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That Magic Character Only French Translators Use

Automatic line-wrapping in games is the source of many localization bugs that can only be seen by the LQA team. French uses a special character that will solve a lot of the bugs reported by LQA and in this article, we explain how to make good use of it.

IGDA Localization SIG

October 13, 2017

3 Min Read

By Adolfo Gómez-Urda and Laura Gutiérrez IGDA Localization SIG Vice-Chairs

That Magic Character Only French Translators Use

Automatic line-wrapping in video games is the source of numerous localization bugs that can only be seen by the Localization QA team. In the normal workflow, translators localize texts but don't have access to the game itself, so they have no visibility over the size of the text box where their translation will be displayed and what it will look like on the screen once integrated into the localized version of the game. If a translation doesn’t fit into one single line within the text box where it's used, it will be automatically split into different lines of text. Automatic line-splitting is an excellent and necessary feature, but it can introduce many localization bugs due to inappropriate line-wrapping or orphaned words.

There is one "magical" character that can help alleviate these issues, but translators are not often aware of its existence. We are of course talking about the non-breaking space (aka no-break space, non-breakable space, hard space, or fixed space), which can be typed by using the ALT+0160 key combination. Although it looks like a regular space when typed, it will behave as a very special space that will allow us to keep two or more different pieces of text together. French translators are the only ones who normally use them, due to a French punctuation rule that states that a space should be left before certain punctuation symbols, such as question marks, interrogation marks, colons, and semi-colons.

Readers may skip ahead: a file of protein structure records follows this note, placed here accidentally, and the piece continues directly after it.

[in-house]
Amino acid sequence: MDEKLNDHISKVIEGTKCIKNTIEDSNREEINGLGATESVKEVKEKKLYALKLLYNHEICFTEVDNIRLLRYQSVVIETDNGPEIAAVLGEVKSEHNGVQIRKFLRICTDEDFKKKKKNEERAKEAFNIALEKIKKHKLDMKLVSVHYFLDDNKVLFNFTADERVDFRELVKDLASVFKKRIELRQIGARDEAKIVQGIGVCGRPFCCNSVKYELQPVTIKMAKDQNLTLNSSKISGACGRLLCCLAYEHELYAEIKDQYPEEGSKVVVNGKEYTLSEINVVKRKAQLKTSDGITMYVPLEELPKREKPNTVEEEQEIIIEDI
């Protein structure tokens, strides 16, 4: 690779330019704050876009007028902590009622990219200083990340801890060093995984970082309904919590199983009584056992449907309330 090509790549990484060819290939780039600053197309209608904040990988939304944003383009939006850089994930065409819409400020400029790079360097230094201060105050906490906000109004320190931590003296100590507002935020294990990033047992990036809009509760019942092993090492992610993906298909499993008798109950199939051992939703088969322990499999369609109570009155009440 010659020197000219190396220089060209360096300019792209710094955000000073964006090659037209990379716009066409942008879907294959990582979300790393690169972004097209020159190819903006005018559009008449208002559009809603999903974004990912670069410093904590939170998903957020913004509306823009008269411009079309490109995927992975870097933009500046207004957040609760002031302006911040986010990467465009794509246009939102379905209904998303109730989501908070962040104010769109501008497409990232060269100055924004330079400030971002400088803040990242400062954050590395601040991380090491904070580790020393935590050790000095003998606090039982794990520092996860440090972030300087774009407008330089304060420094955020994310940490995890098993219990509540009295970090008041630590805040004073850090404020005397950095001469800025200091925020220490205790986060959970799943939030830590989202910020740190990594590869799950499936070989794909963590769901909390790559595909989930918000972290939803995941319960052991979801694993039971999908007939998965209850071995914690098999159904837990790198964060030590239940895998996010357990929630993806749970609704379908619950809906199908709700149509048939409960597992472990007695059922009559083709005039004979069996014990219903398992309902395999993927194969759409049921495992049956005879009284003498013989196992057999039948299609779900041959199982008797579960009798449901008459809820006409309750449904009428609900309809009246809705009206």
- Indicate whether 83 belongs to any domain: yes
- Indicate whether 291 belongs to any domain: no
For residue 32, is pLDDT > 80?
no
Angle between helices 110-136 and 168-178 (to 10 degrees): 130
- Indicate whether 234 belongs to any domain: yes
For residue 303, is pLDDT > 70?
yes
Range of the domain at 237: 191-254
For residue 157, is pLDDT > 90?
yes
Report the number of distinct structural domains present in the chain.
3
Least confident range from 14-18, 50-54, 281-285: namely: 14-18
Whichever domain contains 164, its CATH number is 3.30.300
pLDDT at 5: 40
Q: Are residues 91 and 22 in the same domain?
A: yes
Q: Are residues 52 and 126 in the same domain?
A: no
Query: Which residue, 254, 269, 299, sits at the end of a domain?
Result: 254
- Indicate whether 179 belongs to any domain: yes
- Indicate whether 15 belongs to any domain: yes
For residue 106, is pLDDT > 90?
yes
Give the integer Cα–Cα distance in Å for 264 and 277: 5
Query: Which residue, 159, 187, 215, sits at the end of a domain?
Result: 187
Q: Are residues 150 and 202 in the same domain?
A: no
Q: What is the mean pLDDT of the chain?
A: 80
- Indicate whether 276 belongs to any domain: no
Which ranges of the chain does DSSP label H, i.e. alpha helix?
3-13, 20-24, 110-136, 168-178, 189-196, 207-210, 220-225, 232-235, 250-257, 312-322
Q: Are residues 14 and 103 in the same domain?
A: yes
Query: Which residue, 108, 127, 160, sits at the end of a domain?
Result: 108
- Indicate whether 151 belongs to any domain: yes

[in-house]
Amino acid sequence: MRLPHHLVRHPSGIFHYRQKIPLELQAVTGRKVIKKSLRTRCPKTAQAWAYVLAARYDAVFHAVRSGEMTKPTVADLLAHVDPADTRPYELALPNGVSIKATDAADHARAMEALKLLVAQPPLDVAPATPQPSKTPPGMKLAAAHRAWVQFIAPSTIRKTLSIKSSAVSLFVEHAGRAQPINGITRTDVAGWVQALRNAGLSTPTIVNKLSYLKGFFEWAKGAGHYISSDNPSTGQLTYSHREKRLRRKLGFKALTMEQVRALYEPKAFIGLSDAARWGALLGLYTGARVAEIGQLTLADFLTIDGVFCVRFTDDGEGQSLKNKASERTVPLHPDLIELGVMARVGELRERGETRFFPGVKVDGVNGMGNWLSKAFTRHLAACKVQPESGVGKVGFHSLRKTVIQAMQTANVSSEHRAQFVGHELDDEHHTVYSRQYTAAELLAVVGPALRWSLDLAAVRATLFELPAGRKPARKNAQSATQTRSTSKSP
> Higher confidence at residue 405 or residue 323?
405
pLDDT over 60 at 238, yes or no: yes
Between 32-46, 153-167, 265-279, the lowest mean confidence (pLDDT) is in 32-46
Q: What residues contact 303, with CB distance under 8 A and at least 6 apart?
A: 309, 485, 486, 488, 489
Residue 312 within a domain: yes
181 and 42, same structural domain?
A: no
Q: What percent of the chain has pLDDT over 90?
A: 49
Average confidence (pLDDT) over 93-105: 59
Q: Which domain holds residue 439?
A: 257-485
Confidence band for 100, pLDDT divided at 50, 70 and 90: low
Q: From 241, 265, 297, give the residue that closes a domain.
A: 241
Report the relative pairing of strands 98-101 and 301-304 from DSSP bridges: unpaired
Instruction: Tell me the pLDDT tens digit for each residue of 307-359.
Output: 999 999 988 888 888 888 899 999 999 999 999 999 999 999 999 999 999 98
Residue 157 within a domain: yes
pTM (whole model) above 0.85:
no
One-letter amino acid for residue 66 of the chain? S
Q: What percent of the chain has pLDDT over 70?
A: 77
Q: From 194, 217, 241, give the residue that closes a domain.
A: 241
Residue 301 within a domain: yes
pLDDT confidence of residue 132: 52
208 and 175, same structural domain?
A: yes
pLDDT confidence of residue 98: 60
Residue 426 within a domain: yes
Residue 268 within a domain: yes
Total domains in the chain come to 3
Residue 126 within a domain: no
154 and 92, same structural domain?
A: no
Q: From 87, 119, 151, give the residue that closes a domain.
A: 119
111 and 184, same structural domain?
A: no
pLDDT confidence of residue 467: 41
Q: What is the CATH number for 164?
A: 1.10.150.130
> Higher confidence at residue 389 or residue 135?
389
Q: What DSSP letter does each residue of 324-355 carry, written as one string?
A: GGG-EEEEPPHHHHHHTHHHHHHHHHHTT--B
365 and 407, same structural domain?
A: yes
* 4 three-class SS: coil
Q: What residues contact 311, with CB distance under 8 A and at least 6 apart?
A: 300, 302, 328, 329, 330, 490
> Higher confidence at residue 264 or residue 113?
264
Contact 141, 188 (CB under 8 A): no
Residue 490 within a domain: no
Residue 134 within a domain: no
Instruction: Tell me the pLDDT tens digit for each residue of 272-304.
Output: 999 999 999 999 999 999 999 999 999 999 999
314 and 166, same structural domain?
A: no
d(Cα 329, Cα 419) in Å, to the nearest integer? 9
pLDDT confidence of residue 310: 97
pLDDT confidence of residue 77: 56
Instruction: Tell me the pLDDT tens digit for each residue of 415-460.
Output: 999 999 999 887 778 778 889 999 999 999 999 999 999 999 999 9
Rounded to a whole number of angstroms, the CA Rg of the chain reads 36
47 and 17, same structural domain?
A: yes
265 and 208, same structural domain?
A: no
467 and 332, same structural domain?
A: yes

Automatic line-wrapping when a regular space is used instead of a non-breaking space 

This character is very powerful and, if used properly by the translators, it can reduce dramatically the number of localization bugs found by LQA.

In order for translators to freely use this character, the development team should ensure it is properly supported by the game fonts. Most modern fonts support this character, but some development teams may create their own custom-fonts and omit this character or intentionally reduce the number of characters supported by the game to save memory. As a senior localization project manager, it is my responsibility to always analyze the game fonts to ensure they support all the necessary characters for all the supported languages. This character is always included in my analysis and, if not supported, I flag it as a necessary character for localization as important as any other accented character.



 Some examples of the correct usage of the non-breaking space in French.

Asking if the non-breaking space is supported should be one of the first questions translators ask developers as it will avoid lots of hassle and firefighting after LQA is done.

Here are some examples of translations where this space should be used instead of the normal space (of course, only if you are supposed to use a space to follow your language's punctuation rules):

  • In French, before the question/exclamation marks, colon, and semi-colon:

  • In German, before the ellipsis character: Warten auf Benachrichtigungen …

  • Between numeric values and units: 20 km, 30 MB, 100 %

  • Between a numeric value and the following word: 5 coins

  • Between the words "press", "hold", "tap", "swipe" and button variables: To continue, please press [START_BUTTON]

English is no different, of course, and it would be great if the development teams started to use this character more often when writing the English texts and dialogues, since this would force the translators to use it and benefit from it more often.

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